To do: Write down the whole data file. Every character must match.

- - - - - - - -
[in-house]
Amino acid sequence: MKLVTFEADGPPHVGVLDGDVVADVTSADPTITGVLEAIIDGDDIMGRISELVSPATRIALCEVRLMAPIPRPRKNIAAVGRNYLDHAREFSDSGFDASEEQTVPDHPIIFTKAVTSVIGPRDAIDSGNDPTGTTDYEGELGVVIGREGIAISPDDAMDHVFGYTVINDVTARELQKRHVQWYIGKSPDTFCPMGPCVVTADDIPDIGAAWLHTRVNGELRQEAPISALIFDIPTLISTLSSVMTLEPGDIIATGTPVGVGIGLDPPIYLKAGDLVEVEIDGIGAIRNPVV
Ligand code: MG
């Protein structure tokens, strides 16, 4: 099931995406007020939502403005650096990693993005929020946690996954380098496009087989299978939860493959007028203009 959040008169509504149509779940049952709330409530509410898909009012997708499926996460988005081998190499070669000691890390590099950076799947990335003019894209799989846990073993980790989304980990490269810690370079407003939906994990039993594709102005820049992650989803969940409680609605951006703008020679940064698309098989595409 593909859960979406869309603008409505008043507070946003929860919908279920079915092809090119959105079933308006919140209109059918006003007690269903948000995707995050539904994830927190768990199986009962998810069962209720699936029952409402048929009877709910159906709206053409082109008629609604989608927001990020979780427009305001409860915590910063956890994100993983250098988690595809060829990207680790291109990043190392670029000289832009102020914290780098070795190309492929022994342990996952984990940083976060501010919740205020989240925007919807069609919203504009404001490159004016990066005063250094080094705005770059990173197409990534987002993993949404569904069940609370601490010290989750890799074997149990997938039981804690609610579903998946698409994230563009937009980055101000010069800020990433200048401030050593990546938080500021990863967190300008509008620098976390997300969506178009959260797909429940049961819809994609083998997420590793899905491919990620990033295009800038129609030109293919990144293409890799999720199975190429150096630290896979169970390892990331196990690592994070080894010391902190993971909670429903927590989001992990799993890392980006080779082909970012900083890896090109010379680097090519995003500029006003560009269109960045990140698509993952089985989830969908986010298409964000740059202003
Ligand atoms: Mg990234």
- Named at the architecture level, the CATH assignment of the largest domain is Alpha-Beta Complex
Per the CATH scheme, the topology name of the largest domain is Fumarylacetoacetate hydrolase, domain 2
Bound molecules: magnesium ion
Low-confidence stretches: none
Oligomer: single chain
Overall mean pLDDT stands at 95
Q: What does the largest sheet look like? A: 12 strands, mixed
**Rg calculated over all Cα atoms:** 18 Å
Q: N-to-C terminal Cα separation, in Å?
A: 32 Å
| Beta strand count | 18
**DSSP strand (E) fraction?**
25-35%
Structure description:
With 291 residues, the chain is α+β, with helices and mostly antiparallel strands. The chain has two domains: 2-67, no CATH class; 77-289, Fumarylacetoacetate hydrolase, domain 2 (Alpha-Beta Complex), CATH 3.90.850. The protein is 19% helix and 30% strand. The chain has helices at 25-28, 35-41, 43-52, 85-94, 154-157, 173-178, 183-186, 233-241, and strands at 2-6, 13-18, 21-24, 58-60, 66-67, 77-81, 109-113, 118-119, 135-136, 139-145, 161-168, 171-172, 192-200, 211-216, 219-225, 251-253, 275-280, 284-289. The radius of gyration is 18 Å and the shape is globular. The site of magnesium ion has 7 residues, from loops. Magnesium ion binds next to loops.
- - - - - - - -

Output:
[in-house]
Amino acid sequence: MKLVTFEADGPPHVGVLDGDVVADVTSADPTITGVLEAIIDGDDIMGRISELVSPATRIALCEVRLMAPIPRPRKNIAAVGRNYLDHAREFSDSGFDASEEQTVPDHPIIFTKAVTSVIGPRDAIDSGNDPTGTTDYEGELGVVIGREGIAISPDDAMDHVFGYTVINDVTARELQKRHVQWYIGKSPDTFCPMGPCVVTADDIPDIGAAWLHTRVNGELRQEAPISALIFDIPTLISTLSSVMTLEPGDIIATGTPVGVGIGLDPPIYLKAGDLVEVEIDGIGAIRNPVV
Ligand code: MG
């Protein structure tokens, strides 16, 4: 099931995406007020939502403005650096990693993005929020946690996954380098496009087989299978939860493959007028203009 959040008169509504149509779940049952709330409530509410898909009012997708499926996460988005081998190499070669000691890390590099950076799947990335003019894209799989846990073993980790989304980990490269810690370079407003939906994990039993594709102005820049992650989803969940409680609605951006703008020679940064698309098989595409 593909859960979406869309603008409505008043507070946003929860919908279920079915092809090119959105079933308006919140209109059918006003007690269903948000995707995050539904994830927190768990199986009962998810069962209720699936029952409402048929009877709910159906709206053409082109008629609604989608927001990020979780427009305001409860915590910063956890994100993983250098988690595809060829990207680790291109990043190392670029000289832009102020914290780098070795190309492929022994342990996952984990940083976060501010919740205020989240925007919807069609919203504009404001490159004016990066005063250094080094705005770059990173197409990534987002993993949404569904069940609370601490010290989750890799074997149990997938039981804690609610579903998946698409994230563009937009980055101000010069800020990433200048401030050593990546938080500021990863967190300008509008620098976390997300969506178009959260797909429940049961819809994609083998997420590793899905491919990620990033295009800038129609030109293919990144293409890799999720199975190429150096630290896979169970390892990331196990690592994070080894010391902190993971909670429903927590989001992990799993890392980006080779082909970012900083890896090109010379680097090519995003500029006003560009269109960045990140698509993952089985989830969908986010298409964000740059202003
Ligand atoms: Mg990234």
- Named at the architecture level, the CATH assignment of the largest domain is Alpha-Beta Complex
Per the CATH scheme, the topology name of the largest domain is Fumarylacetoacetate hydrolase, domain 2
Bound molecules: magnesium ion
Low-confidence stretches: none
Oligomer: single chain
Overall mean pLDDT stands at 95
Q: What does the largest sheet look like? A: 12 strands, mixed
**Rg calculated over all Cα atoms:** 18 Å
Q: N-to-C terminal Cα separation, in Å?
A: 32 Å
| Beta strand count | 18
**DSSP strand (E) fraction?**
25-35%
Structure description:
With 291 residues, the chain is α+β, with helices and mostly antiparallel strands. The chain has two domains: 2-67, no CATH class; 77-289, Fumarylacetoacetate hydrolase, domain 2 (Alpha-Beta Complex), CATH 3.90.850. The protein is 19% helix and 30% strand. The chain has helices at 25-28, 35-41, 43-52, 85-94, 154-157, 173-178, 183-186, 233-241, and strands at 2-6, 13-18, 21-24, 58-60, 66-67, 77-81, 109-113, 118-119, 135-136, 139-145, 161-168, 171-172, 192-200, 211-216, 219-225, 251-253, 275-280, 284-289. The radius of gyration is 18 Å and the shape is globular. The site of magnesium ion has 7 residues, from loops. Magnesium ion binds next to loops.